There are a few key trends to look for if we want to identify the next multi-bagger. Amongst other things, we'll want to see two things; firstly, a growing return on capital employed (ROCE) and secondly, an expansion in the company's amount of capital employed. Basically this means that a company has profitable initiatives that it can continue to reinvest in, which is a trait of a compounding machine. So on that note, Austin Engineering (ASX:ANG) looks quite promising in regards to its trends of return on capital.
Return On Capital Employed (ROCE): What is it?
For those who don't know, ROCE is a measure of a company's yearly pre-tax profit (its return), relative to the capital employed in the business. The formula for this calculation on Austin Engineering is:
Return on Capital Employed = Earnings Before Interest and Tax (EBIT) ÷ (Total Assets - Current Liabilities)
0.11 = AU$12m ÷ (AU$180m - AU$67m) (Based on the trailing twelve months to June 2020).
Therefore, Austin Engineering has an ROCE of 11%. That's a pretty standard return and it's in line with the industry average of 11%.
View our latest analysis for Austin Engineering
In the above chart we have measured Austin Engineering's prior ROCE against its prior performance, but the future is arguably more important. If you'd like to see what analysts are forecasting going forward, you should check out our free report for Austin Engineering.
So How Is Austin Engineering's ROCE Trending?
We're delighted to see that Austin Engineering is reaping rewards from its investments and has now broken into profitability. Historically the company was generating losses but as we can see from the latest figures referenced above, they're now earning 11% on their capital employed. Additionally, the business is utilizing 36% less capital than it was five years ago, and taken at face value, that can mean the company needs less funds at work to get a return. This could potentially mean that the company is selling some of its assets.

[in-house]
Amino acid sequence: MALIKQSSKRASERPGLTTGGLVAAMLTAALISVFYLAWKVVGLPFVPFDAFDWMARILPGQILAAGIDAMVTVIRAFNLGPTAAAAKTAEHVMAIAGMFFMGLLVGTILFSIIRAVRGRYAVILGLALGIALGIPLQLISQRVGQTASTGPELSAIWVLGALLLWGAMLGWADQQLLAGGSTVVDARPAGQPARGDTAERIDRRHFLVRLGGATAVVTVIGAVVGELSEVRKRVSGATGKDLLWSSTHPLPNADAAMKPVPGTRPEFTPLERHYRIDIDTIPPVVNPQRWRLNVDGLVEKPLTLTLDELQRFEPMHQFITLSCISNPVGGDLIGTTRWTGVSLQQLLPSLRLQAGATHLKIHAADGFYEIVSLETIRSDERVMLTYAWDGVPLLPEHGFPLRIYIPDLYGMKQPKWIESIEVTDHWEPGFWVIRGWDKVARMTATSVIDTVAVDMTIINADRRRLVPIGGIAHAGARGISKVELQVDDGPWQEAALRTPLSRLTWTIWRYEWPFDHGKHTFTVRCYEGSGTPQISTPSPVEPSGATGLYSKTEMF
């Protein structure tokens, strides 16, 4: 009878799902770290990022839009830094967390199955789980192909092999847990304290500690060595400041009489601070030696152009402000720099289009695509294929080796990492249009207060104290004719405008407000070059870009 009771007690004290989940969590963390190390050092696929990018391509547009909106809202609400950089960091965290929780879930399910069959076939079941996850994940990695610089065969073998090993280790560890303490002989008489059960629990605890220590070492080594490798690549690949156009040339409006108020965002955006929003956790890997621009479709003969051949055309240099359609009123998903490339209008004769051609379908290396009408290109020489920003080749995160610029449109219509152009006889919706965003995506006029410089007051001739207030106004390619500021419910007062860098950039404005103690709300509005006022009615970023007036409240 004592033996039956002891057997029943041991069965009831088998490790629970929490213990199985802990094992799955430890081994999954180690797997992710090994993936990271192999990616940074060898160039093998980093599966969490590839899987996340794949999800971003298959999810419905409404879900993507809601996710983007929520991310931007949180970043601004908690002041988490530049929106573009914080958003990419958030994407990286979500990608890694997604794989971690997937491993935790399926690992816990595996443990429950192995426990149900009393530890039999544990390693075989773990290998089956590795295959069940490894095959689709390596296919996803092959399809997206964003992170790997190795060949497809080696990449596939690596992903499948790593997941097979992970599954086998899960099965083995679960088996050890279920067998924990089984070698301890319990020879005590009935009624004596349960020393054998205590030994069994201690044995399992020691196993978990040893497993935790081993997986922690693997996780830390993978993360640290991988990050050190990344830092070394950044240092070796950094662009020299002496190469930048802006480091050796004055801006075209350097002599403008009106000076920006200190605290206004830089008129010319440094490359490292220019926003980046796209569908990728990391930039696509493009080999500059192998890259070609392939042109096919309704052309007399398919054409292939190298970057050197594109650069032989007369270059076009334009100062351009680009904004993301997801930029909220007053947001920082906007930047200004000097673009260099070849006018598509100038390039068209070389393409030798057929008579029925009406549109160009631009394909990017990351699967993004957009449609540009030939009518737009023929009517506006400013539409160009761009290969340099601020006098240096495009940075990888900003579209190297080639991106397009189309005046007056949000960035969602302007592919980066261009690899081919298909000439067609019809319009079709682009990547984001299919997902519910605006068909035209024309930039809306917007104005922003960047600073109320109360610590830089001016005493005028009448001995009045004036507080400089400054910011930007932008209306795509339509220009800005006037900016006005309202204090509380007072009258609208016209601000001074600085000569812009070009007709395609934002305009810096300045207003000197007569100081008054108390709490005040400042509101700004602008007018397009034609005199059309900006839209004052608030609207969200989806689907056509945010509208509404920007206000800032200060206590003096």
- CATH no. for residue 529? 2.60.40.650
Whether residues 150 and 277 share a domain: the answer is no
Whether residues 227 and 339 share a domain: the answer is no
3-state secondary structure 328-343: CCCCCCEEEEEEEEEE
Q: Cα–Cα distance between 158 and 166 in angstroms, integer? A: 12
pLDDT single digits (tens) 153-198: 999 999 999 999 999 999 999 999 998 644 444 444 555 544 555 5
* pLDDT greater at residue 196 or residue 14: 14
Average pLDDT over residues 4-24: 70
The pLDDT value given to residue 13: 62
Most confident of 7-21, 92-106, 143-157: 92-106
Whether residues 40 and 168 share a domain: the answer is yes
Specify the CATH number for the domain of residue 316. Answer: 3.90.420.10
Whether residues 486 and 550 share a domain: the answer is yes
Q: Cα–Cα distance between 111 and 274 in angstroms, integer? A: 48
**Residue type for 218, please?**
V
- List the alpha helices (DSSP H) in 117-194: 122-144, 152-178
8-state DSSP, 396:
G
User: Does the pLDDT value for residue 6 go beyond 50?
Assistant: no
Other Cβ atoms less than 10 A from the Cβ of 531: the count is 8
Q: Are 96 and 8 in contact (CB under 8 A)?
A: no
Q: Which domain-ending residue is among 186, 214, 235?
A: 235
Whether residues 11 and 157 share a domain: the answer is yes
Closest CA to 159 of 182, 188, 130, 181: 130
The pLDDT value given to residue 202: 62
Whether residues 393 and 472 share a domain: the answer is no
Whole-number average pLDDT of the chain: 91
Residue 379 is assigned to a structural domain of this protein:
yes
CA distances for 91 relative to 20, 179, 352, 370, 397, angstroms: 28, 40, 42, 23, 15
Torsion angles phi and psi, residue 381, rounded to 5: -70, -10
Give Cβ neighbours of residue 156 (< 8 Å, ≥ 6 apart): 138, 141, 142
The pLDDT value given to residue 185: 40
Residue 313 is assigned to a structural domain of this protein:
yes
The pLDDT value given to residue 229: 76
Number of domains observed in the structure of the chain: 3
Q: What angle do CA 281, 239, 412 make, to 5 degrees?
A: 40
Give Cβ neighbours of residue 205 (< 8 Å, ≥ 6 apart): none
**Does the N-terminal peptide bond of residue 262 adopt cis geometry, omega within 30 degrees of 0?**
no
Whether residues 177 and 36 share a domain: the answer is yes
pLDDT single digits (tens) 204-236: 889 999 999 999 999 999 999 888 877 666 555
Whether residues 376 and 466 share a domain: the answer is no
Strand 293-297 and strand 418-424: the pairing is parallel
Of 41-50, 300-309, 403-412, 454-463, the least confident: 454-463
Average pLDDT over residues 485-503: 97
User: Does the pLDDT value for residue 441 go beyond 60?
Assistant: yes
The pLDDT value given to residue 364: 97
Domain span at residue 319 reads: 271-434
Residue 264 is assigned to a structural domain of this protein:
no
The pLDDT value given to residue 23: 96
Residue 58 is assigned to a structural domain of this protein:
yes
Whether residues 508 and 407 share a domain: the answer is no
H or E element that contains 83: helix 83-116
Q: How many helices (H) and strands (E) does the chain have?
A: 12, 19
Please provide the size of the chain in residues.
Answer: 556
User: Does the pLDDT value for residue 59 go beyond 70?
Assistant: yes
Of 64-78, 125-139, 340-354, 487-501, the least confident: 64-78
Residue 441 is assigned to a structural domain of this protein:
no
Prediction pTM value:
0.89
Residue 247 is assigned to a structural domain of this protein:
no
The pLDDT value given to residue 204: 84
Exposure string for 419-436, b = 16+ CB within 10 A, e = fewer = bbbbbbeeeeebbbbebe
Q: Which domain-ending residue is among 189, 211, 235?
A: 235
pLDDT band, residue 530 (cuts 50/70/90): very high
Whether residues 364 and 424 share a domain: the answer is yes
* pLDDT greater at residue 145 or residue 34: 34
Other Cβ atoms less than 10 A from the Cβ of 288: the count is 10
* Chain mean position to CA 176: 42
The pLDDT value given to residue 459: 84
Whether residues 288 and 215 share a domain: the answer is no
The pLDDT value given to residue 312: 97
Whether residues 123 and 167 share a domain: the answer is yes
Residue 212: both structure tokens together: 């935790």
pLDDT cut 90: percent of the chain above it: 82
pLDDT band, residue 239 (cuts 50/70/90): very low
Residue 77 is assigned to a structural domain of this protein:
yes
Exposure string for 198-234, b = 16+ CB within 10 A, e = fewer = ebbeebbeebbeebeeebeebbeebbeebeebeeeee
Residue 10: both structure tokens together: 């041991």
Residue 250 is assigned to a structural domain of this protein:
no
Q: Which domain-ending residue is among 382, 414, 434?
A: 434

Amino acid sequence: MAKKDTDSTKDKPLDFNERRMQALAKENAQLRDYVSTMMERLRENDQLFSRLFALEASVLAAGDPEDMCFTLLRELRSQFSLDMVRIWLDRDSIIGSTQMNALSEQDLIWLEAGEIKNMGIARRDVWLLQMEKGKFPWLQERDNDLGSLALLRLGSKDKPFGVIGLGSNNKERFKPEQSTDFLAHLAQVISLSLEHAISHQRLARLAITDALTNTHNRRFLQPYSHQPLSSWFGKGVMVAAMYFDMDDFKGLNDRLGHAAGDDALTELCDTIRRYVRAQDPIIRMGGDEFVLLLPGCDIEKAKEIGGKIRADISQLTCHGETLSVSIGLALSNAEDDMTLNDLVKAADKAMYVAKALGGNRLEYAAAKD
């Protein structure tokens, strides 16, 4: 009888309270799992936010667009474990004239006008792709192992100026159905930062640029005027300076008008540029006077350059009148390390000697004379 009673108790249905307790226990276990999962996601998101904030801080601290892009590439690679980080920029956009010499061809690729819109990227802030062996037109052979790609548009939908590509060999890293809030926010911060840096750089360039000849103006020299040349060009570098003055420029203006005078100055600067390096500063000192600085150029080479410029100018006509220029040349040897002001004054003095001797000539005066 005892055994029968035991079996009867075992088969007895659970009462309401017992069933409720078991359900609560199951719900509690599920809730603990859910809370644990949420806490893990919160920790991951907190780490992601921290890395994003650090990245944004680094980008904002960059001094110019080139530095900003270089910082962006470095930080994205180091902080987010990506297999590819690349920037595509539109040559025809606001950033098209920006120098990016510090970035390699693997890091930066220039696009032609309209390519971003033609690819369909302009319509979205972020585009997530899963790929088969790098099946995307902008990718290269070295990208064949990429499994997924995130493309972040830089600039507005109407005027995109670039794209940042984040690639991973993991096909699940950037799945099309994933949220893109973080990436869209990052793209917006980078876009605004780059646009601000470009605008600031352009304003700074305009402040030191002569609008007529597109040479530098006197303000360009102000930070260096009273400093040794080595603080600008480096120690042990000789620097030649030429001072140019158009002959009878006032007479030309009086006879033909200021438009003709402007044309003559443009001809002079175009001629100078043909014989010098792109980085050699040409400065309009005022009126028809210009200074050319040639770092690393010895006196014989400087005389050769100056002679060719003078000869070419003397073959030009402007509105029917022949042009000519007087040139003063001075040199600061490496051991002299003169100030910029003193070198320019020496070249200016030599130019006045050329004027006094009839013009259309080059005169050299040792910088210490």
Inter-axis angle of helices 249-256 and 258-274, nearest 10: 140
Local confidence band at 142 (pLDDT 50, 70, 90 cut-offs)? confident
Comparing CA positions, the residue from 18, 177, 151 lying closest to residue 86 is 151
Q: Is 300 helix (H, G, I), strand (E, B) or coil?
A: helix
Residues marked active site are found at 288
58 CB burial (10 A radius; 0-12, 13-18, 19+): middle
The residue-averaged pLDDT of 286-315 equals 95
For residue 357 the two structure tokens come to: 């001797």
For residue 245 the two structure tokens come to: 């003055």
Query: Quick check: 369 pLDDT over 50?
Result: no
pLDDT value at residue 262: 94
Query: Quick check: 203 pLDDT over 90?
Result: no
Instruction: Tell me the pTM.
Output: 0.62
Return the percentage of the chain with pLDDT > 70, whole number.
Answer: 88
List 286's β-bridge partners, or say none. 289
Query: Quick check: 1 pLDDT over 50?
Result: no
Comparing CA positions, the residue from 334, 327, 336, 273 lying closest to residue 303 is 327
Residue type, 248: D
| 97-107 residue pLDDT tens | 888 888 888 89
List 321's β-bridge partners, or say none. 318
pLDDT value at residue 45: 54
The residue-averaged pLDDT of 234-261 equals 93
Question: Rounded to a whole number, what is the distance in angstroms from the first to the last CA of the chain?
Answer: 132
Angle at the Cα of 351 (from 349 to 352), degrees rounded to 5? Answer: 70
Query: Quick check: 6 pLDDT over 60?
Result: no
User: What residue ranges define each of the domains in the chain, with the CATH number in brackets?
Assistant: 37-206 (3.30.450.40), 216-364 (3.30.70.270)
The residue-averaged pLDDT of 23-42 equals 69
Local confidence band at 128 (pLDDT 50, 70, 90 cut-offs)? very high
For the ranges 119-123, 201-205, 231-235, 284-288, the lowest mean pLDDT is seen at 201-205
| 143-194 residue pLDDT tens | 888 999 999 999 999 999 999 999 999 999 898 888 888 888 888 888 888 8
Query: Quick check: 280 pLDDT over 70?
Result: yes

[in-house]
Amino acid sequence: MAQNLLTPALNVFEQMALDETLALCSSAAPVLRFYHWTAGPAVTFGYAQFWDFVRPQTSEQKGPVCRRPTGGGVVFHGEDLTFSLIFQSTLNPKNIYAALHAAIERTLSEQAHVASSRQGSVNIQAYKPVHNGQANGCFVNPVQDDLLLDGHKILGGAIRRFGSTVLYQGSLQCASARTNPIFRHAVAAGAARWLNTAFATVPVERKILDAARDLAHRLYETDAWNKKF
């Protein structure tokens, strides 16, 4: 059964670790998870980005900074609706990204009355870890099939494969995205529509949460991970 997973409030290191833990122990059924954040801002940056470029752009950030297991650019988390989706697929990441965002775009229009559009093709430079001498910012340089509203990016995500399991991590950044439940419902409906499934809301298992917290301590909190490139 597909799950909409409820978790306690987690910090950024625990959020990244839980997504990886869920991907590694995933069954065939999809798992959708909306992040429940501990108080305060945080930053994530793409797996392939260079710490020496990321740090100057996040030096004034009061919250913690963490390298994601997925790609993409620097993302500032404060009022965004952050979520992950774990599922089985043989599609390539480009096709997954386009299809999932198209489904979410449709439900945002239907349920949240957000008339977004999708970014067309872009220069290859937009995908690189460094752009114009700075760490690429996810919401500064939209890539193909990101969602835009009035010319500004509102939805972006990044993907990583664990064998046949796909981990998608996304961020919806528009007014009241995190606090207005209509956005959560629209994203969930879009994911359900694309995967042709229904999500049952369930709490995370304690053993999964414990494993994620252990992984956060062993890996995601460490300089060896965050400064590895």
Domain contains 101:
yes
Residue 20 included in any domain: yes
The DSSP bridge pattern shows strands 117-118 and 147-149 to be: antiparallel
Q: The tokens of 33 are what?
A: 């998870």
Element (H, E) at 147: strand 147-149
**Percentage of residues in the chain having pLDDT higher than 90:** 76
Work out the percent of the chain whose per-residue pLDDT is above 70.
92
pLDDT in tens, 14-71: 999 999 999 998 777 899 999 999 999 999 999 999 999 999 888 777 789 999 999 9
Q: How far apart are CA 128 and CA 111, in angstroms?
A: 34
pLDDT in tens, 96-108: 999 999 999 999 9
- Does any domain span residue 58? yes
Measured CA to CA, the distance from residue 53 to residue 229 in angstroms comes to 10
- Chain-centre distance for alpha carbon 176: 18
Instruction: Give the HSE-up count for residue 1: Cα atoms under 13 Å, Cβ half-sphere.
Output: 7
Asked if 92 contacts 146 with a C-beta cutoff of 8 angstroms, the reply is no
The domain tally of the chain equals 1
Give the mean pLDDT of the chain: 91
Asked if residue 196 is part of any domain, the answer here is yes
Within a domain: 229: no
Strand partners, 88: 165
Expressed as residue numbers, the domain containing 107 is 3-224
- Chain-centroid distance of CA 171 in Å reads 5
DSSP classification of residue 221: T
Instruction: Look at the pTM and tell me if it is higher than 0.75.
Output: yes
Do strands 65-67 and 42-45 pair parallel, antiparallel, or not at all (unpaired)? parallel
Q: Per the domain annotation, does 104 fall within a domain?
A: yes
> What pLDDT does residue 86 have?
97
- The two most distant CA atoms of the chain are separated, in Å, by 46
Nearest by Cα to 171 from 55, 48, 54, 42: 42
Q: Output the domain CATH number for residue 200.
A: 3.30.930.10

The Key Takeaway
In a nutshell, we're pleased to see that Austin Engineering has been able to generate higher returns from less capital. Given the stock has declined 51% in the last five years, this could be a good investment if the valuation and other metrics are also appealing. That being the case, research into the company's current valuation metrics and future prospects seems fitting.
Like most companies, Austin Engineering does come with some risks, and we've found 2 warning signs that you should be aware of.
While Austin Engineering isn't earning the highest return, check out this free list of companies that are earning high returns on equity with solid balance sheets.
This article by Simply Wall St is general in nature. It does not constitute a recommendation to buy or sell any stock, and does not take account of your objectives, or your financial situation. We aim to bring you long-term focused analysis driven by fundamental data. Note that our analysis may not factor in the latest price-sensitive company announcements or qualitative material. Simply Wall St has no position in any stocks mentioned.
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